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Swiss Climate Change and Nuclear Policy: A Comparative Analysis Using an Energy System Approach and a Sectoral Electricity Model


Decisions on climate change and nuclear policies are likely to have major influences on the future evolution of the Swiss energy system. To understand the implications of selected future policy decisions, we analyse the development of the Swiss energy system with a bottom-up technology-rich least-cost optimisation modelling framework. We use the Swiss MARKAL energy system model and analyse a stringent climate change mitigation policy with two policy variants on the availability of nuclear energy, i.e. with and without nuclear new builds. The energy system modelling approach provides insights into system-wide energy pathways, technology choice and cross-sectoral trade-offs like resource competition, electrification, and CO2 mitigation options across supply and demand sectors. To complement the full system approach, we apply an experimental TIMES model — a successor to MARKAL — of the Swiss electricity sector with a detailed representation of the electricity load curve accounting for diurnal and seasonal variations in demand and resource supply. The analytical results from both modelling approaches are presented and the electricity sector results compared to illustrate the complementary policy insights. The implications for realising an ambitious climate target with and without investment in new nuclear plants are discussed, and a number of areas for possible policy support identified.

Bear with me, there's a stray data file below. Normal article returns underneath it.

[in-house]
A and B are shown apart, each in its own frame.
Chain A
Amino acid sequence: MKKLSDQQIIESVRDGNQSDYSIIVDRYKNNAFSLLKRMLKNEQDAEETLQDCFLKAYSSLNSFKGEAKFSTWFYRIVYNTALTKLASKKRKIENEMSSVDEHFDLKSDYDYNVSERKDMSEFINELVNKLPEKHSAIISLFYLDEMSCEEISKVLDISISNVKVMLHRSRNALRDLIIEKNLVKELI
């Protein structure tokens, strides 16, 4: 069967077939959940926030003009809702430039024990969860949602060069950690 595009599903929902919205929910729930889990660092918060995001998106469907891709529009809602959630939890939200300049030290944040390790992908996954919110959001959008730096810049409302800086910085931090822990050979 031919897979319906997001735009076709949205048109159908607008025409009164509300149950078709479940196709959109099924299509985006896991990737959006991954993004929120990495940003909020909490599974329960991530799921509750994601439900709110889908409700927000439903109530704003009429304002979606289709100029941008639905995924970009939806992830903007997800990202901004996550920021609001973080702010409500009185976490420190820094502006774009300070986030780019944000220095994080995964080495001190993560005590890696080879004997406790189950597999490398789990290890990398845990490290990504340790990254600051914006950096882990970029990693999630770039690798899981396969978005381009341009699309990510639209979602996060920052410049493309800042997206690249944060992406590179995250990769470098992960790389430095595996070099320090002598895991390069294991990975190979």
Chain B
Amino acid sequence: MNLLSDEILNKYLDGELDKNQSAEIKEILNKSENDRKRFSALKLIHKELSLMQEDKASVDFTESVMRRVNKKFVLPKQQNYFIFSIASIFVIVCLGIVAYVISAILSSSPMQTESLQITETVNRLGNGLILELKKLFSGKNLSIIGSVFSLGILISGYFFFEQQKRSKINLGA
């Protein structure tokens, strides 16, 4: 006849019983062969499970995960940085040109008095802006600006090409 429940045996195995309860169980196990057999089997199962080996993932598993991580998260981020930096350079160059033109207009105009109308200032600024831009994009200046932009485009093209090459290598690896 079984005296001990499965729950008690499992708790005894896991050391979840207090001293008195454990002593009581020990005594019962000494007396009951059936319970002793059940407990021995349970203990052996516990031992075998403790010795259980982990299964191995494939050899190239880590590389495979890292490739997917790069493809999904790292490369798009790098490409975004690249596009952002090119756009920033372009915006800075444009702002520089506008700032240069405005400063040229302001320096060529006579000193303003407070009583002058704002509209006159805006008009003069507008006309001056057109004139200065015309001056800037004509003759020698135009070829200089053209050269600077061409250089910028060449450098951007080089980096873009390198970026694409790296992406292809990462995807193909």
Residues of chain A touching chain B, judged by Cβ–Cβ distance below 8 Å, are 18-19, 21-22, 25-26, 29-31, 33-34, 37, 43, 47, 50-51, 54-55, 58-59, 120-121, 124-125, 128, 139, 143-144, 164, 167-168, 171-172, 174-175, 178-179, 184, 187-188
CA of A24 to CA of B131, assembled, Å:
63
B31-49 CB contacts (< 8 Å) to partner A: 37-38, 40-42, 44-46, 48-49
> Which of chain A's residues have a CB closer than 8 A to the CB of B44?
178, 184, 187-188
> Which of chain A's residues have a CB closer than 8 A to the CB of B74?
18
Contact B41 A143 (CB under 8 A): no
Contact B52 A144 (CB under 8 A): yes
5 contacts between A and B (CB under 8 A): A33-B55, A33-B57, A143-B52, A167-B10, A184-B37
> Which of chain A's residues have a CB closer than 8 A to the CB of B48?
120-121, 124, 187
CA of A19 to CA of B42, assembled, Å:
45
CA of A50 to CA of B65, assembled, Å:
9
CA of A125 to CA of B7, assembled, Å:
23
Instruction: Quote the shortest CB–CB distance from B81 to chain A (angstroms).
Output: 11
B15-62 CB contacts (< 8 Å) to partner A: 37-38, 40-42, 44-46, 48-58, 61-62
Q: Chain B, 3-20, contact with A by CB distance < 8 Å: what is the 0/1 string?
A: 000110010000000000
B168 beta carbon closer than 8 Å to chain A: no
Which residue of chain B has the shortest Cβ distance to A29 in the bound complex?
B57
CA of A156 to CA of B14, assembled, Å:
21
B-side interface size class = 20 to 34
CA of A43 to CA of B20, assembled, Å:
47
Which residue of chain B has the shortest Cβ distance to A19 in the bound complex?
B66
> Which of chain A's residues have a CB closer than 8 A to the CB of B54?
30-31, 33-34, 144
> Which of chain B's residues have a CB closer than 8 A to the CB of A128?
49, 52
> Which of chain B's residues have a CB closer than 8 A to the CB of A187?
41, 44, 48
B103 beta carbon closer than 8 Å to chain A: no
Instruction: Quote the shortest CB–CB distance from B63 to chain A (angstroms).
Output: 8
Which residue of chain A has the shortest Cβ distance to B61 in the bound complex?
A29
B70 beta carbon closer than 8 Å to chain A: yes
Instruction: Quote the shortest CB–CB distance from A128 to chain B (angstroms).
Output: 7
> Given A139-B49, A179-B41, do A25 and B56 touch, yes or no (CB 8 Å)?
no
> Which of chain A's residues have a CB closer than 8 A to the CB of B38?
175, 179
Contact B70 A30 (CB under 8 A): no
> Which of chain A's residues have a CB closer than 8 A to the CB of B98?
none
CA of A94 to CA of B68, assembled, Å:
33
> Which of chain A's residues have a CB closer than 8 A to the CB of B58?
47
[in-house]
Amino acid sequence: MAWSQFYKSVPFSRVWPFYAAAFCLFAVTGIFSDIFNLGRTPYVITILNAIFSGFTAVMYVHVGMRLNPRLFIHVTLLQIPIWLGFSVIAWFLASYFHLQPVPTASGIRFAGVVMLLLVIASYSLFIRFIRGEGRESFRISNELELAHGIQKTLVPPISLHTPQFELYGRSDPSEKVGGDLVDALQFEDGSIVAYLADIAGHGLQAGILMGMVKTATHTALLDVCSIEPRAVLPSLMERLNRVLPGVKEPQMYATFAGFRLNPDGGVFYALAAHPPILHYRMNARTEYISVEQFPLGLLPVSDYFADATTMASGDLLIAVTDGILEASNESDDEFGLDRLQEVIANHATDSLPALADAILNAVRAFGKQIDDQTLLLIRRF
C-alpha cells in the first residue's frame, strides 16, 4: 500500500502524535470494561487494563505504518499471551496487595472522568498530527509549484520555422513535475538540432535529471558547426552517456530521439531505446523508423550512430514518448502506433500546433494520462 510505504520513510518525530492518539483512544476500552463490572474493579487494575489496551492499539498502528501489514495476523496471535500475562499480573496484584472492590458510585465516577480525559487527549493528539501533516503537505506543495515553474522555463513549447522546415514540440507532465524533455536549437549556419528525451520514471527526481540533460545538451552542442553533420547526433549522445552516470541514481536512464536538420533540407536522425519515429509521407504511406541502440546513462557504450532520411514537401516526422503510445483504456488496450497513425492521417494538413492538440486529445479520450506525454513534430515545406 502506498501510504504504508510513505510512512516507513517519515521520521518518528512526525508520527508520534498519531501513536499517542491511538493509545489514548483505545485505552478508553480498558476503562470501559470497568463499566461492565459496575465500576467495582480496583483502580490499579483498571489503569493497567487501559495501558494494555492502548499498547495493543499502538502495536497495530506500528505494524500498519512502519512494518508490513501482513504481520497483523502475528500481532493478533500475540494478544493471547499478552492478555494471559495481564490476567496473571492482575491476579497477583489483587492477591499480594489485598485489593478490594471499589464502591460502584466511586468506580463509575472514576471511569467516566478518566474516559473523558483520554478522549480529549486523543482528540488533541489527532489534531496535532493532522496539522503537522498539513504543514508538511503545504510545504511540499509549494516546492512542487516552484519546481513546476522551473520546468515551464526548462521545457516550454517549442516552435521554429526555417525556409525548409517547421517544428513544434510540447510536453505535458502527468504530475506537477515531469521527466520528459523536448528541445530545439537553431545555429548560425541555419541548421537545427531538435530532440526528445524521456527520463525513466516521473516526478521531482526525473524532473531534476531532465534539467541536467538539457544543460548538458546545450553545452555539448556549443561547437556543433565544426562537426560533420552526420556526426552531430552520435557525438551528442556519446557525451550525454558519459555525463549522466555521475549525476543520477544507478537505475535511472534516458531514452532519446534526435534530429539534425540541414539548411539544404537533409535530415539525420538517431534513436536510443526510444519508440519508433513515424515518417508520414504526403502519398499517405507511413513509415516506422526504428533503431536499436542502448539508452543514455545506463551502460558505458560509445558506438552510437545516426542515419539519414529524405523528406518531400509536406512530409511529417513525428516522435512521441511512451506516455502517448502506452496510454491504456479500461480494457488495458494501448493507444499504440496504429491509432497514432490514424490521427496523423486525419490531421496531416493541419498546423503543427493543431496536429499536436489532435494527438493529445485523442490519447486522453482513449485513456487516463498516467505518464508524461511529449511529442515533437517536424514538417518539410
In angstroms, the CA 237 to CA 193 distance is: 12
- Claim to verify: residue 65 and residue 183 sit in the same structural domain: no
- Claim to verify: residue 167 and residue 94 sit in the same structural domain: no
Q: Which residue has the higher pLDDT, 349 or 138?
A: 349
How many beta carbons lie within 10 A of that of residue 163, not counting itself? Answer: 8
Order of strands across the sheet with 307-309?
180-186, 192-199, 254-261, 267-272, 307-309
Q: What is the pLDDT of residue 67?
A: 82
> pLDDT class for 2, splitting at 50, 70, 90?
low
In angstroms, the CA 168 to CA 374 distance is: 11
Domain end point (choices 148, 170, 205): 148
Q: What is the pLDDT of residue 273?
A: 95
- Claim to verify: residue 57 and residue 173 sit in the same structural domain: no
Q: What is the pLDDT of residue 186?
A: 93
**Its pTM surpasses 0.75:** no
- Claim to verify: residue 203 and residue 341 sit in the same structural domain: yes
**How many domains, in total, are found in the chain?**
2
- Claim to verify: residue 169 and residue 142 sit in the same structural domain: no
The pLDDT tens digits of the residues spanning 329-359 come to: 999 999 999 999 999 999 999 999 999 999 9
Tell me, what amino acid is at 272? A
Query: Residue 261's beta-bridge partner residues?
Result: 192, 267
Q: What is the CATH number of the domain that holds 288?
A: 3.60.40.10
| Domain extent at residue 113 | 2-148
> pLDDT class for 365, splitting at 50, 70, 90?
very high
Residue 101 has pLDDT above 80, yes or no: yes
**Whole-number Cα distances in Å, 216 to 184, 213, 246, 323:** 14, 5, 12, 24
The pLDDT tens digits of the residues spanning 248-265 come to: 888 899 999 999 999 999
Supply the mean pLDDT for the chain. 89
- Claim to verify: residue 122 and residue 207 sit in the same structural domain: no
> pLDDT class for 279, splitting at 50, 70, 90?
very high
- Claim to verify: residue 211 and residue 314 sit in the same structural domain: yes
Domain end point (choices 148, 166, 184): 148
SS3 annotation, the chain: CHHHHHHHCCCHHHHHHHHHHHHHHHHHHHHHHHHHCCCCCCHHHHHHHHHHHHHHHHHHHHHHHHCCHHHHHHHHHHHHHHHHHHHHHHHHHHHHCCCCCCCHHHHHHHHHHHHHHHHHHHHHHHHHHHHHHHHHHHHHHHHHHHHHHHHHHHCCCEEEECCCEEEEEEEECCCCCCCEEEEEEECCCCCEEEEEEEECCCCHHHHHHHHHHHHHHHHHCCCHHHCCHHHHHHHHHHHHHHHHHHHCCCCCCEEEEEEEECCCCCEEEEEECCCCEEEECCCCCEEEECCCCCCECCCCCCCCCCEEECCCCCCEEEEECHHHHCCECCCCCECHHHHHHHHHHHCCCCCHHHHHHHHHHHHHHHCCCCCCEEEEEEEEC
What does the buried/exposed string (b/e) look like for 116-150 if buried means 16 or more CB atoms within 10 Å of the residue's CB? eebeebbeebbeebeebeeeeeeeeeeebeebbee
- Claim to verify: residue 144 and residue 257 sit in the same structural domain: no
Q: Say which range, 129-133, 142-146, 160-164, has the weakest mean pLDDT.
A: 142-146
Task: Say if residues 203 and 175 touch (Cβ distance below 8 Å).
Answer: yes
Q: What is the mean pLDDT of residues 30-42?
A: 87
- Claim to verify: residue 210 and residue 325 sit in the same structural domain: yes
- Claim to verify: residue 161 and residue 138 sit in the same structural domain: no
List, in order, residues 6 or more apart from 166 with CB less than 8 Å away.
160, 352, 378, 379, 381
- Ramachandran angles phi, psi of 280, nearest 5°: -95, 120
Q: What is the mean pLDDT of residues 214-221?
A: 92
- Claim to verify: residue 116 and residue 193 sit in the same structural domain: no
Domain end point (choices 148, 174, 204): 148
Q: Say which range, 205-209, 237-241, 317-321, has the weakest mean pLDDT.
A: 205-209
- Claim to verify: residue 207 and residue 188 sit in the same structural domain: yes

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The authors would like to thank the reviewers and the editors for their valuable and most appreciated inputs and comments that supported the completion of this work. The results along with any errors or omissions remain solely the responsibility of the authors.

The support of NCCR Climate and the Swiss National Science Foundation is gratefully acknowledged.

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Weidmann, N., Kannan, R. & Turton, H. Swiss Climate Change and Nuclear Policy: A Comparative Analysis Using an Energy System Approach and a Sectoral Electricity Model. Swiss J Economics Statistics 148, 275–316 (2012).

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